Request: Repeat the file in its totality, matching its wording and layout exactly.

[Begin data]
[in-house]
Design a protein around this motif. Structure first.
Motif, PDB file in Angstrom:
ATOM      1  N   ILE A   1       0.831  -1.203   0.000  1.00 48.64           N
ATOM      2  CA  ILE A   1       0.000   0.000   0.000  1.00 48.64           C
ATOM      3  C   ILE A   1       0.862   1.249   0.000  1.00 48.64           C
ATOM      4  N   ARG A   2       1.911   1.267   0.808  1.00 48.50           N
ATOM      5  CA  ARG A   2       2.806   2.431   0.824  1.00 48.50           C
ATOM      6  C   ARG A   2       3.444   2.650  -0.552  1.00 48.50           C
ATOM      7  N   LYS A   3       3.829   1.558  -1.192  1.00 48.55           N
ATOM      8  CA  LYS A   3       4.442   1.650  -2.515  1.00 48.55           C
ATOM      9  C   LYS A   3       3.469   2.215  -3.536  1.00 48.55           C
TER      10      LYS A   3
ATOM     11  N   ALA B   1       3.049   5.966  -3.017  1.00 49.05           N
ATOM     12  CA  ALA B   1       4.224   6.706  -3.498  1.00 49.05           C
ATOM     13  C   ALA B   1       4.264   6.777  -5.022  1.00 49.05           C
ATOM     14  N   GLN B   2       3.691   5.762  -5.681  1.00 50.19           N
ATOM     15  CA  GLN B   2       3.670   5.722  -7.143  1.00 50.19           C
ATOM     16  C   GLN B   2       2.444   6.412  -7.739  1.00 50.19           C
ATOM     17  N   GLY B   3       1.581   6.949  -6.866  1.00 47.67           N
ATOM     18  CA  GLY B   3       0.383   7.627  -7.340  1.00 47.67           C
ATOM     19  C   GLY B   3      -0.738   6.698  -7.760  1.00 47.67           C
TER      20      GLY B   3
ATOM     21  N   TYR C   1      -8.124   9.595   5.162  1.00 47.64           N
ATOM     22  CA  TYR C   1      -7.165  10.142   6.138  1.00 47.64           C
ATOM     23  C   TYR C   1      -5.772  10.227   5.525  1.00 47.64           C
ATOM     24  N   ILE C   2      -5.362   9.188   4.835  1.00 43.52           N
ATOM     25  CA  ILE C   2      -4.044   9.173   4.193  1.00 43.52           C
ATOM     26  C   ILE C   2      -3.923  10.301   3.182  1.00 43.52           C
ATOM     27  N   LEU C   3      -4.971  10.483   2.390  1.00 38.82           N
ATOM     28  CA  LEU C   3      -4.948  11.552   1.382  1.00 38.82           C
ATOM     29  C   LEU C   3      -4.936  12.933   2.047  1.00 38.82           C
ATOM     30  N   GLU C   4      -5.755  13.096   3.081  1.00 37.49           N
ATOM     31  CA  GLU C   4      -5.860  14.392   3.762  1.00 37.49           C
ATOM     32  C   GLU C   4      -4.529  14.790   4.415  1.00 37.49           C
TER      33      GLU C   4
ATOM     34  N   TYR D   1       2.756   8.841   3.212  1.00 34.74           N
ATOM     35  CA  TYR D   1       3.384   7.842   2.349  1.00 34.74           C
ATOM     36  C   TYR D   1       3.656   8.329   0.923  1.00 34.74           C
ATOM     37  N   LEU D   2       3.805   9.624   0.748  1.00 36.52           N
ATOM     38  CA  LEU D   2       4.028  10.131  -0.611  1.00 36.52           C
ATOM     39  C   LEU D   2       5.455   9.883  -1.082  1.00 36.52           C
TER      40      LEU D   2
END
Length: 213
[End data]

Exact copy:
[in-house]
Design a protein around this motif. Structure first.
Motif, PDB file in Angstrom:
ATOM      1  N   ILE A   1       0.831  -1.203   0.000  1.00 48.64           N
ATOM      2  CA  ILE A   1       0.000   0.000   0.000  1.00 48.64           C
ATOM      3  C   ILE A   1       0.862   1.249   0.000  1.00 48.64           C
ATOM      4  N   ARG A   2       1.911   1.267   0.808  1.00 48.50           N
ATOM      5  CA  ARG A   2       2.806   2.431   0.824  1.00 48.50           C
ATOM      6  C   ARG A   2       3.444   2.650  -0.552  1.00 48.50           C
ATOM      7  N   LYS A   3       3.829   1.558  -1.192  1.00 48.55           N
ATOM      8  CA  LYS A   3       4.442   1.650  -2.515  1.00 48.55           C
ATOM      9  C   LYS A   3       3.469   2.215  -3.536  1.00 48.55           C
TER      10      LYS A   3
ATOM     11  N   ALA B   1       3.049   5.966  -3.017  1.00 49.05           N
ATOM     12  CA  ALA B   1       4.224   6.706  -3.498  1.00 49.05           C
ATOM     13  C   ALA B   1       4.264   6.777  -5.022  1.00 49.05           C
ATOM     14  N   GLN B   2       3.691   5.762  -5.681  1.00 50.19           N
ATOM     15  CA  GLN B   2       3.670   5.722  -7.143  1.00 50.19           C
ATOM     16  C   GLN B   2       2.444   6.412  -7.739  1.00 50.19           C
ATOM     17  N   GLY B   3       1.581   6.949  -6.866  1.00 47.67           N
ATOM     18  CA  GLY B   3       0.383   7.627  -7.340  1.00 47.67           C
ATOM     19  C   GLY B   3      -0.738   6.698  -7.760  1.00 47.67           C
TER      20      GLY B   3
ATOM     21  N   TYR C   1      -8.124   9.595   5.162  1.00 47.64           N
ATOM     22  CA  TYR C   1      -7.165  10.142   6.138  1.00 47.64           C
ATOM     23  C   TYR C   1      -5.772  10.227   5.525  1.00 47.64           C
ATOM     24  N   ILE C   2      -5.362   9.188   4.835  1.00 43.52           N
ATOM     25  CA  ILE C   2      -4.044   9.173   4.193  1.00 43.52           C
ATOM     26  C   ILE C   2      -3.923  10.301   3.182  1.00 43.52           C
ATOM     27  N   LEU C   3      -4.971  10.483   2.390  1.00 38.82           N
ATOM     28  CA  LEU C   3      -4.948  11.552   1.382  1.00 38.82           C
ATOM     29  C   LEU C   3      -4.936  12.933   2.047  1.00 38.82           C
ATOM     30  N   GLU C   4      -5.755  13.096   3.081  1.00 37.49           N
ATOM     31  CA  GLU C   4      -5.860  14.392   3.762  1.00 37.49           C
ATOM     32  C   GLU C   4      -4.529  14.790   4.415  1.00 37.49           C
TER      33      GLU C   4
ATOM     34  N   TYR D   1       2.756   8.841   3.212  1.00 34.74           N
ATOM     35  CA  TYR D   1       3.384   7.842   2.349  1.00 34.74           C
ATOM     36  C   TYR D   1       3.656   8.329   0.923  1.00 34.74           C
ATOM     37  N   LEU D   2       3.805   9.624   0.748  1.00 36.52           N
ATOM     38  CA  LEU D   2       4.028  10.131  -0.611  1.00 36.52           C
ATOM     39  C   LEU D   2       5.455   9.883  -1.082  1.00 36.52           C
TER      40      LEU D   2
END
Length: 213